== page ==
Australian Consumer Law — Chapter 6 — Warranties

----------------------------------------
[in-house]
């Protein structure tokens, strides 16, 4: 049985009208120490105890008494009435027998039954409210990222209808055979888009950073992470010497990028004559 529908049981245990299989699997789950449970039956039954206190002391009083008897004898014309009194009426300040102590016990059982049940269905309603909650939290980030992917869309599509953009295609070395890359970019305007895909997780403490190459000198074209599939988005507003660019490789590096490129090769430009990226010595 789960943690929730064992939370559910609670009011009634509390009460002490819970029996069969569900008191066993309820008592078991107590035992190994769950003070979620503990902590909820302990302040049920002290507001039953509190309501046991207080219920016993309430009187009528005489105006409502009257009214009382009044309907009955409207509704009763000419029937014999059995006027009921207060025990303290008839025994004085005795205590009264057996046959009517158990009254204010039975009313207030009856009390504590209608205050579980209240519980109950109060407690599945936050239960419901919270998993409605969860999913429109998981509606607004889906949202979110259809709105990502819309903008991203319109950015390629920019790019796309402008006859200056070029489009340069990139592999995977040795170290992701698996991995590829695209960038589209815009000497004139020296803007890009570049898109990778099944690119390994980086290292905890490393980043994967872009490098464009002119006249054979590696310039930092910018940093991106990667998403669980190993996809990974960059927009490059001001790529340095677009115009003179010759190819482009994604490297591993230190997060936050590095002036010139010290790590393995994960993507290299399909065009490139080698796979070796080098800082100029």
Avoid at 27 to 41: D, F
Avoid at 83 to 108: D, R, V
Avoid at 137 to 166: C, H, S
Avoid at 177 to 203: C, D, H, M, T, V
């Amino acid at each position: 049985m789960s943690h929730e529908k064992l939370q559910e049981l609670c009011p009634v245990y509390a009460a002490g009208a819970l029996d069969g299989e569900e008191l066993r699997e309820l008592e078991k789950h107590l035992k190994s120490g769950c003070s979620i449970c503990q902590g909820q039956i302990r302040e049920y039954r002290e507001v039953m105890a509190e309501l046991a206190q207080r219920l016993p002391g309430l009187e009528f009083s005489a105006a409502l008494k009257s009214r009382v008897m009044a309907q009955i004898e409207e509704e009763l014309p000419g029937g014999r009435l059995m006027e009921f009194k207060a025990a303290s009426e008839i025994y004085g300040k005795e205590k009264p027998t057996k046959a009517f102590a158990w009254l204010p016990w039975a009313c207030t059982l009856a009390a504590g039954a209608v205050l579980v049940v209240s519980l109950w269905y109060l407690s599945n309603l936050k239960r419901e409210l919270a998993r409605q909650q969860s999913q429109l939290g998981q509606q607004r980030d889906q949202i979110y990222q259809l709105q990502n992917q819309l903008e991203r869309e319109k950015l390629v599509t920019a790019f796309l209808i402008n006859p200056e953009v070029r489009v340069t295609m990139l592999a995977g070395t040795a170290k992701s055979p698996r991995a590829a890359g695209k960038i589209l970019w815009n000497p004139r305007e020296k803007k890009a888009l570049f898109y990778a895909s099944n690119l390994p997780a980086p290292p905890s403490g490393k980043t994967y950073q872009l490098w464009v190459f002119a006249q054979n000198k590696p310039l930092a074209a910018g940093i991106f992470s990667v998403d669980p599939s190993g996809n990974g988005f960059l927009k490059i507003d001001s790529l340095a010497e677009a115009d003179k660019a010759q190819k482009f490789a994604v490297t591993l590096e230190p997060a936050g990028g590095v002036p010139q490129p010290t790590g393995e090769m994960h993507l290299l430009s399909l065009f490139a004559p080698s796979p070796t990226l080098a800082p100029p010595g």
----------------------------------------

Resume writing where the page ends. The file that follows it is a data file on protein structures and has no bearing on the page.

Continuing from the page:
There are a couple of different types of warranties under the Australian Consumer Law. The first type is the set of consumer guarantee rights discussed in Chapters 2 to 5. I’ll also explain the other types of warranties: Express warranties. Manufacturer’s warranties or warranties against defects. And extended warranties. Suppliers and manufacturers often make extra promises about the quality, state, condition, performance or characteristics of goods. These are called express warranties. An express warranty can be any extra promise, either verbally or in writing. One of the consumer guarantees that consumers have states that all express warranties will be honoured. If it’s not, the consumer is entitled to a remedy. For example, if a salesperson tells a consumer that a stovetop they are about to buy will last 10 years, they are making a promise about the performance of the goods. If the stovetop only lasts six years, the express warranty has not been honoured. In other words, the consumer guarantee has not been met and the consumer is entitled to a remedy. Businesses or manufacturers may provide a warranty that spells out what will be done to fix a problem with goods, if one happens. These types of warranties are called warranty against defects, or a manufacturer’s warranty. For example, a consumer might buy a deck chair that comes with a written warranty. The warranty says the manufacturer will replace the deck chair if it breaks within two years of the purchase date. Sometimes a warranty against defects may also contain an express warranty, but they’re not quite the same. Where an express warranty actually promises something about the goods – for example, that it will work properly for two years, the warranty against defects makes no such promise. It just states what the supplier or the manufacturer will do if the problem occurs with the goods. Both types of warranties will usually have a time limit and be subject to terms and conditions. A warranty against defects must be in writing and: Expressed in reasonably plain language, be legible and presented clearly. Explain what the manufacturer must do so that the warranty can be honoured and what the consumer must do to be entitled to the warranty – for example, how to use the goods correctly. Contain the warrantor’s name, business address, phone number and email address. Set out relevant claim periods and procedures – for example, relating to authorised repairers and transporting goods – including the address to where the claim must be sent. Explain who will bear the expense of the claim and how the consumer can seek reimbursement for any expenses. Include a statement of benefits the warranty gives to the consumer in addition to the consumer guarantees. Include a prescribed statement which explains that the rights under the warranty sit alongside the consumer guarantees, which cannot be excluded. The ACL regulation provides specific text for this statement. An extended warranty is an extension of time on a warranty against defects and/or an express warranty. Many suppliers offer extended warranties. It is important to remember that all warranties are offered in addition to the consumer guarantee rights. The consumer guarantees cannot be taken away from a consumer. Therefore, a consumer does not need to purchase an extended warranty if it only covers the length of time that it would be reasonable to expect the goods to last for anyway. As a consumer, if you’re considering purchasing an extended warranty, make sure you carefully consider whether the additional cost is worth the expected benefit. Make sure you are not paying for something that is already your legal right. As a supplier, it is important to ensure that you’re not misleading a consumer into purchasing something that is already their legal right. If you are selling extended warranties, make sure that the consumer is aware of how the extended warranty benefits or protects them, above and beyond their consumer guarantee rights. A common example of when extended warranties are offered is on high-end electronics or whitegoods. For example, a consumer buys a new LCD television for $2,000. It has a written one year manufacturer’s warranty. The retailer offers the consumer an extended warranty for a further five years for $300. If this TV were to break after 18 months, the retailer would still be need to fix the TV for free, regardless of whether the consumer purchased the extended warranty or not. This is because it would be reasonable to expect a $2,000 TV to last longer than 18 months and the consumer guarantee for acceptable quality has not been met. If the TV lasted five and a half years, the retailer would only have to fix the TV under warranty if the consumer had purchased the extended warranty.